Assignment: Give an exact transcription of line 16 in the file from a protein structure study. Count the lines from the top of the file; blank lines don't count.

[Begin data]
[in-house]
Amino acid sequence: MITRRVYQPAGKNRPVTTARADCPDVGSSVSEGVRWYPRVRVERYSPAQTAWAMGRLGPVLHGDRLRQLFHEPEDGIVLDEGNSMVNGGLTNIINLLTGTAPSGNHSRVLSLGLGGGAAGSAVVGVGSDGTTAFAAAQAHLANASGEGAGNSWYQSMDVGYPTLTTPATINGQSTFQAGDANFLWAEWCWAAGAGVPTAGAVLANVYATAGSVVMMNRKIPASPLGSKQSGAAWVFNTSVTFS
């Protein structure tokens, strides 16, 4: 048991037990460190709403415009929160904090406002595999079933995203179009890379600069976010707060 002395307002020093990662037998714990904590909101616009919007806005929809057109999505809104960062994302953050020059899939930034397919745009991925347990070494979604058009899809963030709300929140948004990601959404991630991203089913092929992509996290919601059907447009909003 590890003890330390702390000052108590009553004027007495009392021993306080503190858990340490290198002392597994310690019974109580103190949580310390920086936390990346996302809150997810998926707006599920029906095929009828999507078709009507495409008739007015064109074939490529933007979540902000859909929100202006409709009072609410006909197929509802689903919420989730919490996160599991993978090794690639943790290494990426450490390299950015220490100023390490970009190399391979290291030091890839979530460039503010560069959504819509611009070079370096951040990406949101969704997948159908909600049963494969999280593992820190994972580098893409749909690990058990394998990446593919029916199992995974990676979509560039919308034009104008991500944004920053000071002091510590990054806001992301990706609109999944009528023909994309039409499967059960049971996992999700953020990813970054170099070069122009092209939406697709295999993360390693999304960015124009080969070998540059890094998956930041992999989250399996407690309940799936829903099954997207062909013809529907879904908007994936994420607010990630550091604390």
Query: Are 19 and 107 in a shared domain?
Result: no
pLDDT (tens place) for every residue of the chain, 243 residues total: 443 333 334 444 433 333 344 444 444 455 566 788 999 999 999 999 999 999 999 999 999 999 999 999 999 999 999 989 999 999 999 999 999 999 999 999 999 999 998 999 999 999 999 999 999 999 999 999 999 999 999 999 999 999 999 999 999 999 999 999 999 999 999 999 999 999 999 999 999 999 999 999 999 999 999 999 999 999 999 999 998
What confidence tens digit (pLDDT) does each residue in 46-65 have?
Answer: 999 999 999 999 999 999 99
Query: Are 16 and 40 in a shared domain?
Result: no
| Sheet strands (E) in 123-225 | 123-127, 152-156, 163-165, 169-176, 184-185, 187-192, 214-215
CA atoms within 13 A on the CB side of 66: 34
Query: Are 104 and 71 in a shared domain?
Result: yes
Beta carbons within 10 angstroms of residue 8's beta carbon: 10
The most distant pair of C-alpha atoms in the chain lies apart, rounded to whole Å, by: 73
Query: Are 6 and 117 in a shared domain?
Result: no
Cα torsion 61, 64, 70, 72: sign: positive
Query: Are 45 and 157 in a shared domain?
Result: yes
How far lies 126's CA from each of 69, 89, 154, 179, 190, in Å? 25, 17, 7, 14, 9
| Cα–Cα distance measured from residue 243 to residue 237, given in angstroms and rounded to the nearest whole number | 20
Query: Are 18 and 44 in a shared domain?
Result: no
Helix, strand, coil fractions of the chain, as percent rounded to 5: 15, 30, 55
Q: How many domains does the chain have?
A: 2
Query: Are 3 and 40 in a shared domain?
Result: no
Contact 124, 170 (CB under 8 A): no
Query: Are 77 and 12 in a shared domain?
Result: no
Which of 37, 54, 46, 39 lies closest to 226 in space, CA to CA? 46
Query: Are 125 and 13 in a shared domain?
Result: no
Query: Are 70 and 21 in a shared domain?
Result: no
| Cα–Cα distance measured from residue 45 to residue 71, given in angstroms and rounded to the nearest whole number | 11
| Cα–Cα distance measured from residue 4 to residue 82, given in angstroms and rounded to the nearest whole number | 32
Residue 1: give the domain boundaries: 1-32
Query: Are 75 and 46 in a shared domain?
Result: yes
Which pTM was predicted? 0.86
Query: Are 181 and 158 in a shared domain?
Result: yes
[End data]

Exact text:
The most distant pair of C-alpha atoms in the chain lies apart, rounded to whole Å, by: 73